Children truly benefit form this practice. They access a constantly evolving curriculum that supports their ongoing development.Parents value the setting.

They particularly commend the bonds their children have with staff and the manager. They feel supported. They comment that their children make impressive progress at the setting and credit the staff with having their children 'ready' for the upcoming move on to primary school.

Partnerships with parents are strong, for the most part. However, at times, key information is not shared with parents in a timely enough manner.Children behave well.

They share toys, take turns with activities and invite their friends to join in their play. They listen carefully to instructions and demonstrate impressive levels of concentration, beyond expectations for their ages. Children are beginning to understand their emotions and older children, especially, begin to manage their feelings quite well.

However, some staff do not give children consistent messages during times when they are struggling to manage their feelings. This lack of consistency can temporarily cause some additional frustration for children.Communication and language is a key focus of the curriculum.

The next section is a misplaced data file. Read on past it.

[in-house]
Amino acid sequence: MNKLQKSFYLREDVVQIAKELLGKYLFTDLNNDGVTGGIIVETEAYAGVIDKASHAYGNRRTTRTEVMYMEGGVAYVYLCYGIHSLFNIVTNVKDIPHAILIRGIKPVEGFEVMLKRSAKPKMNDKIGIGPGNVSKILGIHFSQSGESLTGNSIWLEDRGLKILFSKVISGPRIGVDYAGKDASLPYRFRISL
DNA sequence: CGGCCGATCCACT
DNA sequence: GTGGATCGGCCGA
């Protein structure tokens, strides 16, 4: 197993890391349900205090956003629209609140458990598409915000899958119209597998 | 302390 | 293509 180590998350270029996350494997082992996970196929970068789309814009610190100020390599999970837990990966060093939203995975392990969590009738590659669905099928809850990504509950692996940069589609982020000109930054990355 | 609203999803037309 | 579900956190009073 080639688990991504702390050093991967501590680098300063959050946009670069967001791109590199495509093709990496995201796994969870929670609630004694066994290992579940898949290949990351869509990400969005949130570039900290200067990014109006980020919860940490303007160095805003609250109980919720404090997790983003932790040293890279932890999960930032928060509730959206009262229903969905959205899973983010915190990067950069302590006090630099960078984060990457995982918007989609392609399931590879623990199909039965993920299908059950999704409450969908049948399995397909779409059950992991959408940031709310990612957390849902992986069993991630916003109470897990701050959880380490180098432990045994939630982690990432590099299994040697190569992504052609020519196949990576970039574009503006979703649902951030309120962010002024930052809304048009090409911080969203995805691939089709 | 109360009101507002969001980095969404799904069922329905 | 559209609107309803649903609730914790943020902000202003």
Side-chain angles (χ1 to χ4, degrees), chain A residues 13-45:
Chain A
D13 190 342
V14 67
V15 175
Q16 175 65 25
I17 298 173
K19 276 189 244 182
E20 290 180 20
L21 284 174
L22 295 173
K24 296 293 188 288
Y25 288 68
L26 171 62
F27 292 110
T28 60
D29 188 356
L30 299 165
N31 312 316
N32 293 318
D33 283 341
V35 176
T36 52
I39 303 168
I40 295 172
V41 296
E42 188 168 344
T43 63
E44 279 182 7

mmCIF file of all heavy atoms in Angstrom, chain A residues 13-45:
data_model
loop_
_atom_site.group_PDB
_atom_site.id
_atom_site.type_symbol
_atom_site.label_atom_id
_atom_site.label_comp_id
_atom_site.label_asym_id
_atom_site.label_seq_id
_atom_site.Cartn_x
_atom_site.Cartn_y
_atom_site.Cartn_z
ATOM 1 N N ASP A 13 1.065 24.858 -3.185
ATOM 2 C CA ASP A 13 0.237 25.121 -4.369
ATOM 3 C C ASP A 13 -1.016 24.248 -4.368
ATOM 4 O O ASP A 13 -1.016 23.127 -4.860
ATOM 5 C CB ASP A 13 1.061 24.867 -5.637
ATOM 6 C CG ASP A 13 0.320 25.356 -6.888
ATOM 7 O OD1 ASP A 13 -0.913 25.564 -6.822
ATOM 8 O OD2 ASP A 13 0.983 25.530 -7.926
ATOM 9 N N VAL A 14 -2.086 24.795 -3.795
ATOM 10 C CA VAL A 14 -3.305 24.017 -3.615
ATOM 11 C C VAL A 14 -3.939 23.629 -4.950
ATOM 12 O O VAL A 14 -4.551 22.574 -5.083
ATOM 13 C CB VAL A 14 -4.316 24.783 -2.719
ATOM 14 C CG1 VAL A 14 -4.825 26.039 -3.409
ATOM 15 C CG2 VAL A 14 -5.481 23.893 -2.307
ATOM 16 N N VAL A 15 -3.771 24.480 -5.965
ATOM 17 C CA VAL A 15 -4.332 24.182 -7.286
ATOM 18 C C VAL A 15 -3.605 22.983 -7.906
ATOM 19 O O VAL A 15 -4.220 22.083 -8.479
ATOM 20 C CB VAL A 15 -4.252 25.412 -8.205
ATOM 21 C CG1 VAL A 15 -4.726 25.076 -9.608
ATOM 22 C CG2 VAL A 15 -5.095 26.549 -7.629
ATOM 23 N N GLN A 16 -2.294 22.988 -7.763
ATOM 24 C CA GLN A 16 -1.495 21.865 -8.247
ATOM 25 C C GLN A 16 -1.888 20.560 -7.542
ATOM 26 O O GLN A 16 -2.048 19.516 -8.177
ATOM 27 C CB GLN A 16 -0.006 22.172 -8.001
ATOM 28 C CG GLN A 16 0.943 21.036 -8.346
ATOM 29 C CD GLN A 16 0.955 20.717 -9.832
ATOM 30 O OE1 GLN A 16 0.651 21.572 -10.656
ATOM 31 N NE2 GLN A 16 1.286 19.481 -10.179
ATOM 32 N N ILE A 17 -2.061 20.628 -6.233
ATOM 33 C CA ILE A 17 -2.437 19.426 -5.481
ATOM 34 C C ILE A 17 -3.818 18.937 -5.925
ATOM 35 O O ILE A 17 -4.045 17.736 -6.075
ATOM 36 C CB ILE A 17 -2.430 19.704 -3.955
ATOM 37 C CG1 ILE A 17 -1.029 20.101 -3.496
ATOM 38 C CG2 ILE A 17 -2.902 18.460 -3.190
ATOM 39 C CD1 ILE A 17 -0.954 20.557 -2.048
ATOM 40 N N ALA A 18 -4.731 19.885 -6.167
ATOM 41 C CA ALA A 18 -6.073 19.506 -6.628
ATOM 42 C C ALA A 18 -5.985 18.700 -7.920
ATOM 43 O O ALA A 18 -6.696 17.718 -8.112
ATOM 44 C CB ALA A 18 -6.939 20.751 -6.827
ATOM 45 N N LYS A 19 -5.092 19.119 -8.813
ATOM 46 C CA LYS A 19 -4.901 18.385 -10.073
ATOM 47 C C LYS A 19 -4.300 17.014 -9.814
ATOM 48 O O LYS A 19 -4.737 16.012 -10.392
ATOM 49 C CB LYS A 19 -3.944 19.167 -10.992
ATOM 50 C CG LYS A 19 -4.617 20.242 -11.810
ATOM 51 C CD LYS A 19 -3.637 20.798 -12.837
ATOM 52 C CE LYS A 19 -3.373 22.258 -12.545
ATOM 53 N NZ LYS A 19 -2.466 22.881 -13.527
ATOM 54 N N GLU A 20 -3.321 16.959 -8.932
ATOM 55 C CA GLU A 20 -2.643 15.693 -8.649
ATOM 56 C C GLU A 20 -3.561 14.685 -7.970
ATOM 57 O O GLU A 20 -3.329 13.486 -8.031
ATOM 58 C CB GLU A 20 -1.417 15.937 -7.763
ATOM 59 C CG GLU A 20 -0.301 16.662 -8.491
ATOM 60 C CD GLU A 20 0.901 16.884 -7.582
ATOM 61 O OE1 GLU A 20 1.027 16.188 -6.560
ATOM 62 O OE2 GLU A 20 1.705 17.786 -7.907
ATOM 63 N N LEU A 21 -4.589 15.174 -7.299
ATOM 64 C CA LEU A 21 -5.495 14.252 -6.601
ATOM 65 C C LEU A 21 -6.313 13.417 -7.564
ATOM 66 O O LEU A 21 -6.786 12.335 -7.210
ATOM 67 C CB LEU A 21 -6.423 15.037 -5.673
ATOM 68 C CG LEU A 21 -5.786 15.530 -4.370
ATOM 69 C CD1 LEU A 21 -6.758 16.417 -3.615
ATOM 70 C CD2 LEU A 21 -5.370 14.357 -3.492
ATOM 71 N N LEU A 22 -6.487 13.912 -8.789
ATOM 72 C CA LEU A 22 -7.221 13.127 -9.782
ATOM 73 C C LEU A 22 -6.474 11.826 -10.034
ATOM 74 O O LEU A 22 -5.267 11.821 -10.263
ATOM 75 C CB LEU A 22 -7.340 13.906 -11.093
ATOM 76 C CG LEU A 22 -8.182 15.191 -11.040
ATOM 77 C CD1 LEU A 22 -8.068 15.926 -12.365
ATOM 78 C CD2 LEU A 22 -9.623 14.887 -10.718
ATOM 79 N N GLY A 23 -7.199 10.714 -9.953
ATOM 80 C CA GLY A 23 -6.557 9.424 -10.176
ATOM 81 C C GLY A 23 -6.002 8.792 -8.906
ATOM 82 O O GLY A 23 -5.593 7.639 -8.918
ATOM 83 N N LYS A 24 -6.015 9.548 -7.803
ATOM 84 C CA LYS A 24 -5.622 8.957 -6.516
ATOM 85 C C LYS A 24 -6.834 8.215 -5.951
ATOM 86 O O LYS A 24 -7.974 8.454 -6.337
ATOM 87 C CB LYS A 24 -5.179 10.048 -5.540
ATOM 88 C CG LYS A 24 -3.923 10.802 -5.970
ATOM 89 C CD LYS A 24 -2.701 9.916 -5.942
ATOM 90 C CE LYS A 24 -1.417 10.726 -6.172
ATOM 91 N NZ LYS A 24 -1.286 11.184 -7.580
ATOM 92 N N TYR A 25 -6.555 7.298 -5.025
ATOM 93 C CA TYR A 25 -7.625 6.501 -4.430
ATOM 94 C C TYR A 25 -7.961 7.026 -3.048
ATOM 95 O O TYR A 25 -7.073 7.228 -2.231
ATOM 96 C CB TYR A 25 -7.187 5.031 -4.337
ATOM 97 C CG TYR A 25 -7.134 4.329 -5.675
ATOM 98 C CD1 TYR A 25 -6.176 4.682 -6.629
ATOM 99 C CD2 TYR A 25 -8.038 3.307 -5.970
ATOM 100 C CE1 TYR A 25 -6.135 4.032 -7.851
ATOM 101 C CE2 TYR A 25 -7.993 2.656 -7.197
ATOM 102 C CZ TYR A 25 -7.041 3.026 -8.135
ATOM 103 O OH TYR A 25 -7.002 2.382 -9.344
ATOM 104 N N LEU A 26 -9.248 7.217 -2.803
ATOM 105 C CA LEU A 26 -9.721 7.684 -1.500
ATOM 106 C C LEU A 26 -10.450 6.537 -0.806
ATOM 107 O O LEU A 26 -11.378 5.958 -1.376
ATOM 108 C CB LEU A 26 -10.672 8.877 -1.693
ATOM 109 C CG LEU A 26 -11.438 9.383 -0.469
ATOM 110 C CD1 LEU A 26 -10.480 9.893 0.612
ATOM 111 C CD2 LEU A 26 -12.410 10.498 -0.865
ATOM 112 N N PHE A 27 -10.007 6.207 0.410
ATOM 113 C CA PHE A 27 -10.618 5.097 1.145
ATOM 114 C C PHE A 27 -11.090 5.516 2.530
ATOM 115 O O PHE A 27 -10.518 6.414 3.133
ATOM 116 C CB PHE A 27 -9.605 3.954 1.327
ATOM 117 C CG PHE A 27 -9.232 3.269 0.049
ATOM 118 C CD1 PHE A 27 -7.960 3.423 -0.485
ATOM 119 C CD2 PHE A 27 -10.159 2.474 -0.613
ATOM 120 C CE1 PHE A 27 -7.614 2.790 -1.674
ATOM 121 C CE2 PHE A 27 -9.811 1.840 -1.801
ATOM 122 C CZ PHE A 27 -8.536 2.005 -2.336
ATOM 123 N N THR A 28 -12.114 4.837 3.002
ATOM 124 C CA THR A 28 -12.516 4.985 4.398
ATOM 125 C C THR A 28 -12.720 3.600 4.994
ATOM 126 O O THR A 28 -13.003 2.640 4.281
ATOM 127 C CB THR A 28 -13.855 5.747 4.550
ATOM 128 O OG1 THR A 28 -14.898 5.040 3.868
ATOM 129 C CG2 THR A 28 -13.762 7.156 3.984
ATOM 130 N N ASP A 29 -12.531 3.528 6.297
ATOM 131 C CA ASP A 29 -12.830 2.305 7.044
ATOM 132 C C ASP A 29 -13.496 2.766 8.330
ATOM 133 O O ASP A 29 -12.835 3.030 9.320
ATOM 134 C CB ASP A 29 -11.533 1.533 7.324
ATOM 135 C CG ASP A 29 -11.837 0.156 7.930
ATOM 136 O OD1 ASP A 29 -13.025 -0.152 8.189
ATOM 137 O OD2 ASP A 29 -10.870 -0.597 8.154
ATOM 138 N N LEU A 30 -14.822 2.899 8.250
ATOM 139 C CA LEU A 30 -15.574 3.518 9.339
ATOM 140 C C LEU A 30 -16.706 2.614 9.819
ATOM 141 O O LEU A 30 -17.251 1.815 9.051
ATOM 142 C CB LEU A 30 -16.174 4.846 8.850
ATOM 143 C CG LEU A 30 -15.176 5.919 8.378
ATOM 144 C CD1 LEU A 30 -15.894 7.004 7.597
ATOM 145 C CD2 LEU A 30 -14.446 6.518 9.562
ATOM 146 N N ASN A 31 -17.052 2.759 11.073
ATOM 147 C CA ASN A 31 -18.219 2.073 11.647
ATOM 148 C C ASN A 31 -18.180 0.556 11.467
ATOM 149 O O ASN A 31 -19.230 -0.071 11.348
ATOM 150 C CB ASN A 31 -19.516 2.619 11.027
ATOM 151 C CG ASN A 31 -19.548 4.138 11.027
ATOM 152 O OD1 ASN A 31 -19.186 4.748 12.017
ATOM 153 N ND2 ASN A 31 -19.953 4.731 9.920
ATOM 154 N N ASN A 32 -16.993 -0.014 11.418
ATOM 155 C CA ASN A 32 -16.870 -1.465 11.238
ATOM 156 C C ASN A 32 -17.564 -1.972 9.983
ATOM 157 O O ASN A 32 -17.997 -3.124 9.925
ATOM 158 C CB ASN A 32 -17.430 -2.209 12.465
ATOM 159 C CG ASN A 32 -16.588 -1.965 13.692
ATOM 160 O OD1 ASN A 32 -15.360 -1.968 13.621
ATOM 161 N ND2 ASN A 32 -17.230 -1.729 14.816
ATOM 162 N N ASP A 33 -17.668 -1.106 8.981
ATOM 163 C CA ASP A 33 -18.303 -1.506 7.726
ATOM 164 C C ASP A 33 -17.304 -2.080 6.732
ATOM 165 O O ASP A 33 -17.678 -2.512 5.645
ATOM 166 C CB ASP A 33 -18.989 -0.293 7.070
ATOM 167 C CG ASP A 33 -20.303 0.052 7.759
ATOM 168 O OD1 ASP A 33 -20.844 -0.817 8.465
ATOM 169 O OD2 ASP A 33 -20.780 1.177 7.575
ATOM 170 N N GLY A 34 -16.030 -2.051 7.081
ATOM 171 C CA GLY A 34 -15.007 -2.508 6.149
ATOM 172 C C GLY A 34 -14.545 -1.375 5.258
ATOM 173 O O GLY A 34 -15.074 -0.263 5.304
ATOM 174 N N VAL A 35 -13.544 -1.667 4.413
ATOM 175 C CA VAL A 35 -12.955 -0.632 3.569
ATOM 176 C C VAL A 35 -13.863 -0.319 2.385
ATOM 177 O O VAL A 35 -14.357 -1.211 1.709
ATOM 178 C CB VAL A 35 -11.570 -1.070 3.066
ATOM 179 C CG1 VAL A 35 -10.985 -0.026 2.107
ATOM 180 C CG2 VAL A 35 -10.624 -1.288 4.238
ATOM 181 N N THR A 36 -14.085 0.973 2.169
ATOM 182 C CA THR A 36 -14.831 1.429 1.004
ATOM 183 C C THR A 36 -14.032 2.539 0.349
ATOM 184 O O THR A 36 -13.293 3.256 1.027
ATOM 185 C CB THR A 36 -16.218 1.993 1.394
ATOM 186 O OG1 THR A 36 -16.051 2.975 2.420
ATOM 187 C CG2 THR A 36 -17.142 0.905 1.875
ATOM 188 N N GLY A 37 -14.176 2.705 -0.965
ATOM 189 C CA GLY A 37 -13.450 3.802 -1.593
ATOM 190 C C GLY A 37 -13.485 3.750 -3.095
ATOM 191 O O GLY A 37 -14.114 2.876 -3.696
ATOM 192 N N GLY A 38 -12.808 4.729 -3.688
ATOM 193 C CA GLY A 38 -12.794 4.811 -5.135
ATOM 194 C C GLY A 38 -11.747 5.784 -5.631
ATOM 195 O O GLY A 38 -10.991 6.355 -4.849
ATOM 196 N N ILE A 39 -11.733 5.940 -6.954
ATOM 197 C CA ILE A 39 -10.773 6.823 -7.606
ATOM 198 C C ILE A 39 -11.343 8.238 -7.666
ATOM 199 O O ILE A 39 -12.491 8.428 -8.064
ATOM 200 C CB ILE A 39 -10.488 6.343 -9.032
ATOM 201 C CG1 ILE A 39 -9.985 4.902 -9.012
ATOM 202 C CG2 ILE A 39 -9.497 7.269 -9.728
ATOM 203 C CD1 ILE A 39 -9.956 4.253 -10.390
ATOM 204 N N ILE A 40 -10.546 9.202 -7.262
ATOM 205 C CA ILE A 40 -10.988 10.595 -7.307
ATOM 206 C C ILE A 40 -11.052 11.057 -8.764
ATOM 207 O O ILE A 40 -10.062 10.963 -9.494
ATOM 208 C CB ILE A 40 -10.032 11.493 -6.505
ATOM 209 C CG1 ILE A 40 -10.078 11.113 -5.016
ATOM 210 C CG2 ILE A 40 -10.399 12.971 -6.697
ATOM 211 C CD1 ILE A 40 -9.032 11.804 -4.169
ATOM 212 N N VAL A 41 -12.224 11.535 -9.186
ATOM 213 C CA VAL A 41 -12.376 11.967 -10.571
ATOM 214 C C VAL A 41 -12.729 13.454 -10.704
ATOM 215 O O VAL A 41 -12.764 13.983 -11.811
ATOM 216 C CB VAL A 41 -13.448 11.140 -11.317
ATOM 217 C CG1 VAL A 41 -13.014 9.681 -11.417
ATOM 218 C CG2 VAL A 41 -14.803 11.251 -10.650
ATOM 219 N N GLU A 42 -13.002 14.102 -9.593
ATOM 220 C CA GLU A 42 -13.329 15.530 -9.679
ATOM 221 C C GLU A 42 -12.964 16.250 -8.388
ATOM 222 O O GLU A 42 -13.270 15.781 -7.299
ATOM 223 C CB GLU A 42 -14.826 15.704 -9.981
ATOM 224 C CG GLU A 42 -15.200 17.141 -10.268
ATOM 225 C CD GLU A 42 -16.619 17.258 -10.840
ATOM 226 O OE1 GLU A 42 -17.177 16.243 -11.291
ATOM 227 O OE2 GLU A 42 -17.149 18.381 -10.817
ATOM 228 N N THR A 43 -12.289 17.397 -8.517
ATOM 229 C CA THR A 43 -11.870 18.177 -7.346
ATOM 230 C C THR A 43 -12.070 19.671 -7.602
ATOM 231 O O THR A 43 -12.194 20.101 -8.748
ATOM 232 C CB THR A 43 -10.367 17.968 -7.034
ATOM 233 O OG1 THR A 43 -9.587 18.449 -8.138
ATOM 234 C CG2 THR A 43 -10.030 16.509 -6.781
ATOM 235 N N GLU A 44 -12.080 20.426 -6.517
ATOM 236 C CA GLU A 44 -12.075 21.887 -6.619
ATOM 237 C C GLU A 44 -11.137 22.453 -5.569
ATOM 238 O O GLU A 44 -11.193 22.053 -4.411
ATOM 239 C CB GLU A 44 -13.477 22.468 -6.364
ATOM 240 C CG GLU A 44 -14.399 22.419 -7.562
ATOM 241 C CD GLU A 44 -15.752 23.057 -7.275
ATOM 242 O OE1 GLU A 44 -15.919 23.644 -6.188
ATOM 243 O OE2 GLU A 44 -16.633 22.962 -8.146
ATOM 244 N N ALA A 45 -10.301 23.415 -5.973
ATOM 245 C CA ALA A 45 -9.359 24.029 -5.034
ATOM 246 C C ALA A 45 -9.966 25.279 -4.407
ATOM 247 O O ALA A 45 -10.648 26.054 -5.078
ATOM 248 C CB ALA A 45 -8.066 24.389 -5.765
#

The manager and staff incorporate aspects of speaking, listening and understanding into all aspects of the provision. This has impressive impact and any gaps in children's development rapidly begin to diminish.The provision for children with special educational needs and/or disabilities is a strength of the setting.

Targeted support, effective key-worker systems and an inviting curriculum all contribute to the ongoing success and progression for these children.


The arrangements for safeguarding are effective.The manager supports all staff to understand their roles and responsibilities in helping to protect children.

She ensures that all staff access training to help build their understanding of child protection and any safeguarding needs of the local community. This helps to create a culture of vigilance and awareness, in which all staff understand the steps to take should they have any concerns for the welfare of a child. All staff have attended training to help them know how to respond should a child have an accident.

The premises is safe, secure and well risk assessed to minimise any potential hazards. All of this combined helps to promote children's safety at this setting.

What does the setting need to do to improve?

To further improve the quality of the early years provision, the provider should: give clear messages to children about behaviour expectations and support staff to deliver these messages in a consistent manner further embed effective partnerships with parents by sharing information in a timely manner.

Also at this postcode
Voosh Club Ltd St Vincent’s Roman Catholic Primary School, Rochdale Caldershaw Primary School